More than half the board of Ayo Technology Solutions resigned this week, including CEO Kevin Hardy and chief investment officer Siphiwe Nodwele.
Hardy and Nodwele quit without warning “with immediate effect”, according to an announcement on the JSE news service Sens on Friday.
This development suggest that Ayo’s flagship deal – to acquire 30% of British Telecoms SA (BTSA) for R1 billion from its own parent company – has, for some reason, collapsed.
Hardy left BTSA to join Ayo in anticipation of the deal, which was the basis of Ayo’s entire business plan.
No reasons were given, but the executives’ resignations follow shortly after four non-executives and Ayo’s company secretary stepped aside on Tuesday to appease shareholder concerns about the board’s independence.
Ayo controversially received R4.3 billion in funding from the Public Investment Corporation (PIC) when it listed on the JSE late last year.
This was despite internal PIC worries that the state-owned asset manager was paying far too much at R43 a share – now worth R26 each.
PIC staff had also expressed reservations about the overlaps between the boards of Ayo and its majority shareholder, the JSE-listed African Equity Empowerment Investments (AEEI).
“Some of the board members ... are closely linked to AEEI. Thus, there may not be a clear balance of power at board level,” PIC staff had said, according to internal memos City Press has seen.
Khalid Abdulla, Walter Madzonga, Telang Ntsasa and Mbuso Khoza all stepped down from the board to be replaced with new, independent members, Ayo had announced this week.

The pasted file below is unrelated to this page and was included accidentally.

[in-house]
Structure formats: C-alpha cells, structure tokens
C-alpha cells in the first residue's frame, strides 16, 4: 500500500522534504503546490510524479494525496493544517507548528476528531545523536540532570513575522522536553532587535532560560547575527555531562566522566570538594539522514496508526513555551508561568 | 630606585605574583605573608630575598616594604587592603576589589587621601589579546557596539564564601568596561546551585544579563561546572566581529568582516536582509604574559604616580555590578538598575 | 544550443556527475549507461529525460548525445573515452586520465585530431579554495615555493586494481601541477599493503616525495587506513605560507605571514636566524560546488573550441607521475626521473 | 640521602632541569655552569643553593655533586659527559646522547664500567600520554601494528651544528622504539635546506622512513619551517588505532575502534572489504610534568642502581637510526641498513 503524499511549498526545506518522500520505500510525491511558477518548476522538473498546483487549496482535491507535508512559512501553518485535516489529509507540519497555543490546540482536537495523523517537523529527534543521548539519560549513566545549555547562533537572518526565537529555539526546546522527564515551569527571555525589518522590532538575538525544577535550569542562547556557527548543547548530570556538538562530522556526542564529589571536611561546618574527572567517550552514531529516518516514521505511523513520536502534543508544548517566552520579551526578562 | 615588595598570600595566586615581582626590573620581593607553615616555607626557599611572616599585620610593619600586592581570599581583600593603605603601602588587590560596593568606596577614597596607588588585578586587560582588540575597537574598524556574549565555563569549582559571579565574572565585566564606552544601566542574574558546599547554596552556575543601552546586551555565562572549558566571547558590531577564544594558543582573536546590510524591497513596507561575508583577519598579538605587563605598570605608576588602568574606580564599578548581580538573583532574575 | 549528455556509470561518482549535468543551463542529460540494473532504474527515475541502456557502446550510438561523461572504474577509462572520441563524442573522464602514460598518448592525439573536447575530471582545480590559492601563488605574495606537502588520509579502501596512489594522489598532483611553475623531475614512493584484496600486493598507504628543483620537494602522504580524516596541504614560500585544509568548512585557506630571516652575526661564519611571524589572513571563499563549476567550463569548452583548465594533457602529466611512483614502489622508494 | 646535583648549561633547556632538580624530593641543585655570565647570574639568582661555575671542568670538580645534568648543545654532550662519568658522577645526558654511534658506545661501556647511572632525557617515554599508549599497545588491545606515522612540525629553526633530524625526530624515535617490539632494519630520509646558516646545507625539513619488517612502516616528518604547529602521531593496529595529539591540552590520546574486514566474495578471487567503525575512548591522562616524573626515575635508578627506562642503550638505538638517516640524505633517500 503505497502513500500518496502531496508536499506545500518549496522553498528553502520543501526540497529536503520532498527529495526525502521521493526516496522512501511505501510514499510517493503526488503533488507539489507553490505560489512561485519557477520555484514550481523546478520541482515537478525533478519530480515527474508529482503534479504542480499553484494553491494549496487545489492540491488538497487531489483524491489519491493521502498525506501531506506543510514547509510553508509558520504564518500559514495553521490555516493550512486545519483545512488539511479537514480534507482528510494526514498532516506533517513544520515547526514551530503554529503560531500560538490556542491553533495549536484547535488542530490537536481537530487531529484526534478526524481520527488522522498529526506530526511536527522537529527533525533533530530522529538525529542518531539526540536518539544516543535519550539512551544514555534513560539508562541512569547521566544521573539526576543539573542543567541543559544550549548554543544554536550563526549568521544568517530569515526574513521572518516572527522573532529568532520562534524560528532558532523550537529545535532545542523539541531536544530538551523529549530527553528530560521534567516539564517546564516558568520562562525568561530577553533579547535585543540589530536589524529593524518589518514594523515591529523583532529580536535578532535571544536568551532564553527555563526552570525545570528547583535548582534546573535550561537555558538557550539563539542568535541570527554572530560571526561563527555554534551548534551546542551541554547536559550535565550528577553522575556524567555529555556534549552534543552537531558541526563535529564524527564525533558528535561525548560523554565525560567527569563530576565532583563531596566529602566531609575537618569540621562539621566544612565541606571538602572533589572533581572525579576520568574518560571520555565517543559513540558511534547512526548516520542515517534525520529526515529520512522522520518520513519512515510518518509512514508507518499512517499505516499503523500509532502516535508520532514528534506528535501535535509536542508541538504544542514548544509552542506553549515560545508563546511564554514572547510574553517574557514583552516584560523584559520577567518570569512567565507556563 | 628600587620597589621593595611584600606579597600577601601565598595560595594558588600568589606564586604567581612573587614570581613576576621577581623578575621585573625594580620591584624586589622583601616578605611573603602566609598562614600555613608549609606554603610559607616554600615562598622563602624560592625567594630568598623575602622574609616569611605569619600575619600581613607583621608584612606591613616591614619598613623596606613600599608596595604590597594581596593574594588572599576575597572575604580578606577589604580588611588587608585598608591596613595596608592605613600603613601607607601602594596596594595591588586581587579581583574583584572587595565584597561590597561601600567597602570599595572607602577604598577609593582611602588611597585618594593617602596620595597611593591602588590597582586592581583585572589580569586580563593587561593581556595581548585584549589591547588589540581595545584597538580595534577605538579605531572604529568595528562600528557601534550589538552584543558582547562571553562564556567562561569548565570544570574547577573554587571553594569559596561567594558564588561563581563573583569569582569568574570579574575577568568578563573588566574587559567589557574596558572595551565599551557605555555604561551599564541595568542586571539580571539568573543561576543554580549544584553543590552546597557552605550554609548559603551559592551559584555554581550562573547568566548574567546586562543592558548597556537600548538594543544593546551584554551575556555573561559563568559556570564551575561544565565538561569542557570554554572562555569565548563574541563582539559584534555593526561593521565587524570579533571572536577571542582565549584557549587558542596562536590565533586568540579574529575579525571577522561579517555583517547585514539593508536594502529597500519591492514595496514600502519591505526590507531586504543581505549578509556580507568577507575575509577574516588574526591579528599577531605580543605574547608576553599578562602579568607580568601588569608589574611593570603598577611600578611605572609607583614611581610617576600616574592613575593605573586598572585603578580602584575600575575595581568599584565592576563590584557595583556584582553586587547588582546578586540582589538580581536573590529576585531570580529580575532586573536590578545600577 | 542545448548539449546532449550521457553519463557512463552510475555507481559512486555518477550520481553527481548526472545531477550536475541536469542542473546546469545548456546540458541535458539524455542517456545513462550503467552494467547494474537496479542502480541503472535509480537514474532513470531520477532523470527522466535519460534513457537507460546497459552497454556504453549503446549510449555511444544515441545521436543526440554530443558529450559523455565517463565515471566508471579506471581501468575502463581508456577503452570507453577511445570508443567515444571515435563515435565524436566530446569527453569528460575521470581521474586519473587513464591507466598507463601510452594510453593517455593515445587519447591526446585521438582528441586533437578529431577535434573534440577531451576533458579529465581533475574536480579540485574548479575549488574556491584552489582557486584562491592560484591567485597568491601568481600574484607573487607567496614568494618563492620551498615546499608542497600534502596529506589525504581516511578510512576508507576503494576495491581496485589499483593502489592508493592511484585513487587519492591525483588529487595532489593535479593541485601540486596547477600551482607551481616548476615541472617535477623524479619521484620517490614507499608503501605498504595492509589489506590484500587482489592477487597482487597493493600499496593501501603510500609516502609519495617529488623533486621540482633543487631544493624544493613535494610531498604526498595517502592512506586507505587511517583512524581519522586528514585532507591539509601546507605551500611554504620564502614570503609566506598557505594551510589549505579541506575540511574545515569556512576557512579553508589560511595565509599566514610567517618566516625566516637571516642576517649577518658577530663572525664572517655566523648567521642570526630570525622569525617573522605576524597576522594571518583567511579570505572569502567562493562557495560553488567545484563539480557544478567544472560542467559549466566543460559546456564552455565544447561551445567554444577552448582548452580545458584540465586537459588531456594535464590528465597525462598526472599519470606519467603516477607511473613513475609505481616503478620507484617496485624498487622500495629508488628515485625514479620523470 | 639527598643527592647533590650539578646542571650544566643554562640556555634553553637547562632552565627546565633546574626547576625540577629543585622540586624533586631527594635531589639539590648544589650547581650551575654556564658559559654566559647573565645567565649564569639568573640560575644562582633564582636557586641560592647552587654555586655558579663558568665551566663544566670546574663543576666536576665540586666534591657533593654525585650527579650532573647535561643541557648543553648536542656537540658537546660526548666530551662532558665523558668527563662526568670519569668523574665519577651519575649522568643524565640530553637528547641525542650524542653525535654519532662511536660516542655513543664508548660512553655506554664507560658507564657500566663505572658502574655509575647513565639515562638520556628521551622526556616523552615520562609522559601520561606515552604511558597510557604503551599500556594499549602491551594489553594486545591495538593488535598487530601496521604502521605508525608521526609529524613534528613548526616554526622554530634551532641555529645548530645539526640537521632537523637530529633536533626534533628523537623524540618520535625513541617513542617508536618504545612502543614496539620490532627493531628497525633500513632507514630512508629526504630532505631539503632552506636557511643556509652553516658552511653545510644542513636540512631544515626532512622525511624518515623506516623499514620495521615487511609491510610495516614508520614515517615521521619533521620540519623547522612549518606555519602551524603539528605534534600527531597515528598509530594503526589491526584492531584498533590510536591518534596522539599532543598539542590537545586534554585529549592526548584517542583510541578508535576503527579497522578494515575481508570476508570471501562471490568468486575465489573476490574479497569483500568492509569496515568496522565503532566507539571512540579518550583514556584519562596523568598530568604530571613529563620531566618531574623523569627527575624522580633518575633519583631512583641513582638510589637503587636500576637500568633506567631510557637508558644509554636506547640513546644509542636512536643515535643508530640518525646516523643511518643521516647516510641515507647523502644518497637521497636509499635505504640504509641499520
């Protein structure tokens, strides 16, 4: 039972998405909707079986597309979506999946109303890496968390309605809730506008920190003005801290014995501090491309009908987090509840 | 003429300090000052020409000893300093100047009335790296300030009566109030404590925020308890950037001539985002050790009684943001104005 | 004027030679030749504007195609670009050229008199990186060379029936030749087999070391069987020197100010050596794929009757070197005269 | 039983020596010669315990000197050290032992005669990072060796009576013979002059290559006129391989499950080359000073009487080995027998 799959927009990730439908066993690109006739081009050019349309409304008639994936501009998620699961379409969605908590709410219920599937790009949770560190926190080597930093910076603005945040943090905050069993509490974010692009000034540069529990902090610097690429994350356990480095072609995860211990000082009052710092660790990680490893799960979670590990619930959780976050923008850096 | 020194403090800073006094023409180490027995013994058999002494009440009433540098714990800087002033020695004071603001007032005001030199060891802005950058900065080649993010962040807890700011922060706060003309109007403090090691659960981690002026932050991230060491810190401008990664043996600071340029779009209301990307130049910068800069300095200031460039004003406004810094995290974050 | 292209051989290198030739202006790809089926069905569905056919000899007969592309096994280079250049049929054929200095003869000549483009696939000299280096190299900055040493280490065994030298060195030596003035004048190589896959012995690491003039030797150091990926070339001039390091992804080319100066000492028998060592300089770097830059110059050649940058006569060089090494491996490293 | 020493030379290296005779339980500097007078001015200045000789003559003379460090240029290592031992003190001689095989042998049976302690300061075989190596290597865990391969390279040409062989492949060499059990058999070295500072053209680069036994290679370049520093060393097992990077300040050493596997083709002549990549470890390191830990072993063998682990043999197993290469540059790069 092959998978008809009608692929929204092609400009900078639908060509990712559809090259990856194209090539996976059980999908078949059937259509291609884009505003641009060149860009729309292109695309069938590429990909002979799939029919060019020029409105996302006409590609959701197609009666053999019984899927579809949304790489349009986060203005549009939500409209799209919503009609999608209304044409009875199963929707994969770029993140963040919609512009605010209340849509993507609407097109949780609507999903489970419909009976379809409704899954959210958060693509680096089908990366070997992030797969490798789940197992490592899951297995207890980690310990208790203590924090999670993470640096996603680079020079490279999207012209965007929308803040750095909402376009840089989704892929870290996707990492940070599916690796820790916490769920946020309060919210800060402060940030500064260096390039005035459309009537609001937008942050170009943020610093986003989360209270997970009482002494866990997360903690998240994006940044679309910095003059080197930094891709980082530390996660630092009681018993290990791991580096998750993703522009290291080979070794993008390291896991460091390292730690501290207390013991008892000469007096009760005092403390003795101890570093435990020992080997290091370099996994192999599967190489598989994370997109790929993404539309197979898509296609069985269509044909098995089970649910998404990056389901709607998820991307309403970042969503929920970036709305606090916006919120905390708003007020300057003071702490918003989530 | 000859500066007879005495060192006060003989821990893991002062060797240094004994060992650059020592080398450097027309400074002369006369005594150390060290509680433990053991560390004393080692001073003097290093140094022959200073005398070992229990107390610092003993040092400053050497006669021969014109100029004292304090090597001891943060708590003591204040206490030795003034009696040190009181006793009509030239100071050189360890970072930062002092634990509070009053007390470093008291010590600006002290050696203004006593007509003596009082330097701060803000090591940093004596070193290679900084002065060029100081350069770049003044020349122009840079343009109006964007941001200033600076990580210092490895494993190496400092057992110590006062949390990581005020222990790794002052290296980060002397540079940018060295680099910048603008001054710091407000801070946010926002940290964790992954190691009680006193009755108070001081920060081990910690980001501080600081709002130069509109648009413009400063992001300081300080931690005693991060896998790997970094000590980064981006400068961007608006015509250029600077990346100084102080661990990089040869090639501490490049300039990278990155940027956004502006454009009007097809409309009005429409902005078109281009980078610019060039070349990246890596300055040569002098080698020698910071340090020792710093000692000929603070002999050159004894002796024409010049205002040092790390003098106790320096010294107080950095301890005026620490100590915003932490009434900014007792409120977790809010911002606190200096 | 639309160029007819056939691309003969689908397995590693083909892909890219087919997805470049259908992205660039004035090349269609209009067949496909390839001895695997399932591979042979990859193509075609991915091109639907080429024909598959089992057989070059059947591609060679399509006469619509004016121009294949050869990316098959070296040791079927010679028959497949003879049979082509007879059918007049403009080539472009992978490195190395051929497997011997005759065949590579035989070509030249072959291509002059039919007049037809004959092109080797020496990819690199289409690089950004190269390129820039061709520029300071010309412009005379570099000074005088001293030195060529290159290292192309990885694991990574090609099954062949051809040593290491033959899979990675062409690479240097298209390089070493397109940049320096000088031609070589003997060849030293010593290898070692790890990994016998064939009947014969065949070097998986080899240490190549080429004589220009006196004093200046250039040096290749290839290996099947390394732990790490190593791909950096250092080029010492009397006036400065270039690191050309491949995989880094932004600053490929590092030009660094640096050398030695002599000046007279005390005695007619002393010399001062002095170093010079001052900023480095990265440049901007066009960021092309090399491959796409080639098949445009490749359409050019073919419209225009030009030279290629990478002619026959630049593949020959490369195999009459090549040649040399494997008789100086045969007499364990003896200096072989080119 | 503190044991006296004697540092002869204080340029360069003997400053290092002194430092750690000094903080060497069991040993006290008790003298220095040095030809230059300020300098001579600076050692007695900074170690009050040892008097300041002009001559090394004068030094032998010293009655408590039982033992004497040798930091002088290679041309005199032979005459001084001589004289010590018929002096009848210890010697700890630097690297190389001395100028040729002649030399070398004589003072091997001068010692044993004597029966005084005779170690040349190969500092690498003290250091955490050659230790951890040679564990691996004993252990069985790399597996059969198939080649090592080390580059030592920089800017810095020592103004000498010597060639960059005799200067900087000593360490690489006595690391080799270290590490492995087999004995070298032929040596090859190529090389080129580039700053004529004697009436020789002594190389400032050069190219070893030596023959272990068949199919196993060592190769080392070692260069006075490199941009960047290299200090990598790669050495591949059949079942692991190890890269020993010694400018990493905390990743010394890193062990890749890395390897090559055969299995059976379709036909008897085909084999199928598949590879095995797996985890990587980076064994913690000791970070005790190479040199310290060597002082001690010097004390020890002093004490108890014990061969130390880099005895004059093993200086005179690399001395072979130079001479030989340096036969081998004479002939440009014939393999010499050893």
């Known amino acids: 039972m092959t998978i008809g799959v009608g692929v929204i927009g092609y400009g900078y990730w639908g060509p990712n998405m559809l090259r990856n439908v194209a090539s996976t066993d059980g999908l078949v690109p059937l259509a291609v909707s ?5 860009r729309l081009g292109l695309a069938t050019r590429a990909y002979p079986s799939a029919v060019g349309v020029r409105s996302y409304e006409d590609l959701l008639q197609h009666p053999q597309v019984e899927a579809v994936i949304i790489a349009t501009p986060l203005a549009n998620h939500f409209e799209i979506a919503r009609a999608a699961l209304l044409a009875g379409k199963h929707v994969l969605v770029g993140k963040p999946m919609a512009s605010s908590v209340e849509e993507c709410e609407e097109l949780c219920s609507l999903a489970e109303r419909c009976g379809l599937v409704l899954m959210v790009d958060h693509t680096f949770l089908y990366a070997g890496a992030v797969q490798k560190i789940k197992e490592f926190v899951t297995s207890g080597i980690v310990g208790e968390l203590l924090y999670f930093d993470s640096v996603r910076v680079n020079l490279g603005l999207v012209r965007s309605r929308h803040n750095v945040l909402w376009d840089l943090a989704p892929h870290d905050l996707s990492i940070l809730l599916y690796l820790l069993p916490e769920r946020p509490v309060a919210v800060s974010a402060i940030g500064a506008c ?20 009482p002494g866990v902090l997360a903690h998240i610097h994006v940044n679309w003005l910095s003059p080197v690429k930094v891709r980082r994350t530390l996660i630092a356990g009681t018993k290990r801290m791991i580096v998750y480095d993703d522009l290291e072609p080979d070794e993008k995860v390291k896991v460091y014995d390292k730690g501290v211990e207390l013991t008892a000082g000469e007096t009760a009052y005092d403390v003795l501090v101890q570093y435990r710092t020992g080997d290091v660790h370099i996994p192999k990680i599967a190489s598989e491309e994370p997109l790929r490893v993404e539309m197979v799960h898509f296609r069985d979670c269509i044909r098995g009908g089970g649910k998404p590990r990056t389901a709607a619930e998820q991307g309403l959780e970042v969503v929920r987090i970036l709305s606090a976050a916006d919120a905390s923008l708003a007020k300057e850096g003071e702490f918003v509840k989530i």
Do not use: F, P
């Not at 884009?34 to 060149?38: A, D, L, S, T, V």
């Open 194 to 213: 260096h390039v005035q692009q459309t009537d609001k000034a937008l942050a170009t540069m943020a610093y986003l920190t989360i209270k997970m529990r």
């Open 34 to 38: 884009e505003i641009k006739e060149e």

Company secretary Nobulungisa Mbaliseli had been seconded from AEEI and has returned to the parent company, said Ayo.
Both AEEI and Ayo are ultimately controlled by media mogul Iqbal Survé.
The listing of Ayo was accompanied by a private placement of shares which was entirely underwritten by the PIC.
The main purpose of this investment was for Ayo to buy AEEI’s 30% of BTSA – a massive cash infusion for a related party.
More of the PIC money was to be used to benefit AEEI and Survé as follows:
. R80 million went to AEEI to pay off an inter-company loan;
. Another R57.7 million in “placement fees” went to a wholly owned subsidiary of AEEI; and
. A recurring management fee of R7 million a year will go to AEEI, adjusted for inflation.
This helps explain why the AEEI share price dropped by 11% on Friday after the announcement of Hardy and Nodwele’s resignations. Ayo’s shares are highly illiquid and did not respond at all.
The BTSA deal has mysteriously stalled, despite involving only related parties and the PIC being the only shareholder which has to approve it.
Hardy did not answer his phone or respond to an SMS. Nodwele said he could not comment.
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